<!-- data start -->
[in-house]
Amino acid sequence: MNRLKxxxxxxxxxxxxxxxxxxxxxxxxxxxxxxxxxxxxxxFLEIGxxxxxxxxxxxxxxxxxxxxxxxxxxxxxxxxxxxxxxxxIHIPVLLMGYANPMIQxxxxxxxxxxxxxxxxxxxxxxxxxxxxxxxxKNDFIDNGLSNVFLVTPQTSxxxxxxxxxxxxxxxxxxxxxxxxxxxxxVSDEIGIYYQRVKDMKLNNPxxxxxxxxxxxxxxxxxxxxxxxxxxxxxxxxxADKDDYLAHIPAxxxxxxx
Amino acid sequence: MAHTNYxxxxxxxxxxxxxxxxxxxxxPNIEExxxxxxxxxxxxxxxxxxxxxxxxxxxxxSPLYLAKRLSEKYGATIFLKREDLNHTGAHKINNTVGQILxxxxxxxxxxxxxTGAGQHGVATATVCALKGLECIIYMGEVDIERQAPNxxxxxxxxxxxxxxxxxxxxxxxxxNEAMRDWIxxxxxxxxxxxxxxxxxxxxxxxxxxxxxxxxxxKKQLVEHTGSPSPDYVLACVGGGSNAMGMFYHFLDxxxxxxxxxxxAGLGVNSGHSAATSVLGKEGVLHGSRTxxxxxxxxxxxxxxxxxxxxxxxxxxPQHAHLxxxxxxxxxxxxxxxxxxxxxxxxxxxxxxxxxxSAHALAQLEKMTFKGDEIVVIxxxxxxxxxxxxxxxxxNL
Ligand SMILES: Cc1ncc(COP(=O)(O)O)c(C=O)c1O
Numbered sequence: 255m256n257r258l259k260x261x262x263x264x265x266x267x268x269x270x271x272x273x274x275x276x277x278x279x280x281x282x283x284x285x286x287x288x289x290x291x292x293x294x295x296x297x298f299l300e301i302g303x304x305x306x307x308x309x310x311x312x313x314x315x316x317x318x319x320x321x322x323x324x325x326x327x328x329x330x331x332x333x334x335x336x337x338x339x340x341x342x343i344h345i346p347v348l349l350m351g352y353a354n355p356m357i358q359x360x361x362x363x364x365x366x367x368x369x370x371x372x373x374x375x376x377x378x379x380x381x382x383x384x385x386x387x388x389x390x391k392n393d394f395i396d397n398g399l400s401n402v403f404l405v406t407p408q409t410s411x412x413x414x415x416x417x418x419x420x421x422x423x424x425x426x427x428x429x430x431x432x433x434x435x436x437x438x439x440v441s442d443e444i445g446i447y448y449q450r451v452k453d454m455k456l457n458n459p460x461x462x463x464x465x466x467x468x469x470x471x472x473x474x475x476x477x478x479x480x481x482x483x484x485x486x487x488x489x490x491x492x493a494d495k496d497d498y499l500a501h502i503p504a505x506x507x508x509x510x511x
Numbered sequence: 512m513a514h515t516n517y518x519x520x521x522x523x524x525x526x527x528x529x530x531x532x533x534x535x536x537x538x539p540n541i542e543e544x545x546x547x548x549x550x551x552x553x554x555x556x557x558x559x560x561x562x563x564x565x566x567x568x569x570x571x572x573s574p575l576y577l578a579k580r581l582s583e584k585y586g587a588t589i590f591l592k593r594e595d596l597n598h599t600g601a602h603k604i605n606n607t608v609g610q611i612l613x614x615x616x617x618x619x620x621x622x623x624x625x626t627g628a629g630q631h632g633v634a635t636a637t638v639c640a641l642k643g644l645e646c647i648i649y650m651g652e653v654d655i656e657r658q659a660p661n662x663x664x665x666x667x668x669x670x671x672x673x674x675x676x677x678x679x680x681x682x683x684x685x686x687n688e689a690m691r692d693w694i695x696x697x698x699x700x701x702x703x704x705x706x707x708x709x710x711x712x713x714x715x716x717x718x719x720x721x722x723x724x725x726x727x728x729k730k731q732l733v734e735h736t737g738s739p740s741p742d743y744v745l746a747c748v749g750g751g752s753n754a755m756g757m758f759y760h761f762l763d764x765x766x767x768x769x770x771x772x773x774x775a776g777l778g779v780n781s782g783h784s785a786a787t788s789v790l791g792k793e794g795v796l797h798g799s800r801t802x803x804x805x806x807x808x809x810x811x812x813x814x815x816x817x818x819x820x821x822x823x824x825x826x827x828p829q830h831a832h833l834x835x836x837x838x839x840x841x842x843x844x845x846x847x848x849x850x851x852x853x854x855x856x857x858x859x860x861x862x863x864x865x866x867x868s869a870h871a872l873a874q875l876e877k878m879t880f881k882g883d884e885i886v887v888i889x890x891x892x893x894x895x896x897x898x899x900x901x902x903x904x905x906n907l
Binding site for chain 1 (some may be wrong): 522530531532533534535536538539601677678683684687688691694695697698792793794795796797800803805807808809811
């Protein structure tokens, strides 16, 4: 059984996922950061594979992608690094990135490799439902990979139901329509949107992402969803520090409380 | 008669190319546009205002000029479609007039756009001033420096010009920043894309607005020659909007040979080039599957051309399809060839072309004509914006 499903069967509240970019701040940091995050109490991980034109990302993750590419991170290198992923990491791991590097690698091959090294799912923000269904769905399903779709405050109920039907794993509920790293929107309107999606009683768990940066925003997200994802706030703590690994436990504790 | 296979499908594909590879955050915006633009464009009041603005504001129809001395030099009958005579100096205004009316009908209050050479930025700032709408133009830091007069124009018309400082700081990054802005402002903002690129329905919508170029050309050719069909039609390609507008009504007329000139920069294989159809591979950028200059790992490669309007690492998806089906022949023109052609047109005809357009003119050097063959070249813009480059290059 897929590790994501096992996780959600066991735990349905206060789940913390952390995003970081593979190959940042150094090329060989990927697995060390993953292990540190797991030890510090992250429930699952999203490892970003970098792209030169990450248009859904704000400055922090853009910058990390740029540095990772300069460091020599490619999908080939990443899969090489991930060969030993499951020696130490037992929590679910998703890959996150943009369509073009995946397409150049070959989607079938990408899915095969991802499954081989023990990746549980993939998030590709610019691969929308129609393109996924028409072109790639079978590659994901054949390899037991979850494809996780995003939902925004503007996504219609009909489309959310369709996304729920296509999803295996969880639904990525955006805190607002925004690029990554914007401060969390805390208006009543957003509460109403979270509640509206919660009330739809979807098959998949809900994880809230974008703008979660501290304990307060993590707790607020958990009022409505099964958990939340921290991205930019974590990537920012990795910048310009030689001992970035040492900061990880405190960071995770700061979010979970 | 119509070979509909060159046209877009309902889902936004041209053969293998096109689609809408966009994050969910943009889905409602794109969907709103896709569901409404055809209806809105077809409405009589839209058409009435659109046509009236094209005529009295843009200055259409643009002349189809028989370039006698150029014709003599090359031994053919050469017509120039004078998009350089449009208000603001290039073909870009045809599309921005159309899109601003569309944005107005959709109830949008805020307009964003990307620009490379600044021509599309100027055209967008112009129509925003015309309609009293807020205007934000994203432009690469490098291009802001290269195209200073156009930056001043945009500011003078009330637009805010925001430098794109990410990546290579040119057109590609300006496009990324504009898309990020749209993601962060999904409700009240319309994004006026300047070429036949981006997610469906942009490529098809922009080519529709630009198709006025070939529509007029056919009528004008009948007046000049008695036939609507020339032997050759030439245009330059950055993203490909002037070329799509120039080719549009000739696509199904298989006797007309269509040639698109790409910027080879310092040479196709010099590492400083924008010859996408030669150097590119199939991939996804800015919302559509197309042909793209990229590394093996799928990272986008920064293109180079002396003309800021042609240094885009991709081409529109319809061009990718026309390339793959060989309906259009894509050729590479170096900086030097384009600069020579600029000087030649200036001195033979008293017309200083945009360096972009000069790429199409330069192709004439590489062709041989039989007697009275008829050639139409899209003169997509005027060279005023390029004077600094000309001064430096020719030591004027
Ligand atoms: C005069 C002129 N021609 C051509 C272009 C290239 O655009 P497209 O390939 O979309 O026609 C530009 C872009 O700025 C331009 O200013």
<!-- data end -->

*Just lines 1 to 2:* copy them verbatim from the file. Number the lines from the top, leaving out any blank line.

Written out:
[in-house]
Amino acid sequence: MNRLKxxxxxxxxxxxxxxxxxxxxxxxxxxxxxxxxxxxxxxFLEIGxxxxxxxxxxxxxxxxxxxxxxxxxxxxxxxxxxxxxxxxIHIPVLLMGYANPMIQxxxxxxxxxxxxxxxxxxxxxxxxxxxxxxxxKNDFIDNGLSNVFLVTPQTSxxxxxxxxxxxxxxxxxxxxxxxxxxxxxVSDEIGIYYQRVKDMKLNNPxxxxxxxxxxxxxxxxxxxxxxxxxxxxxxxxxADKDDYLAHIPAxxxxxxx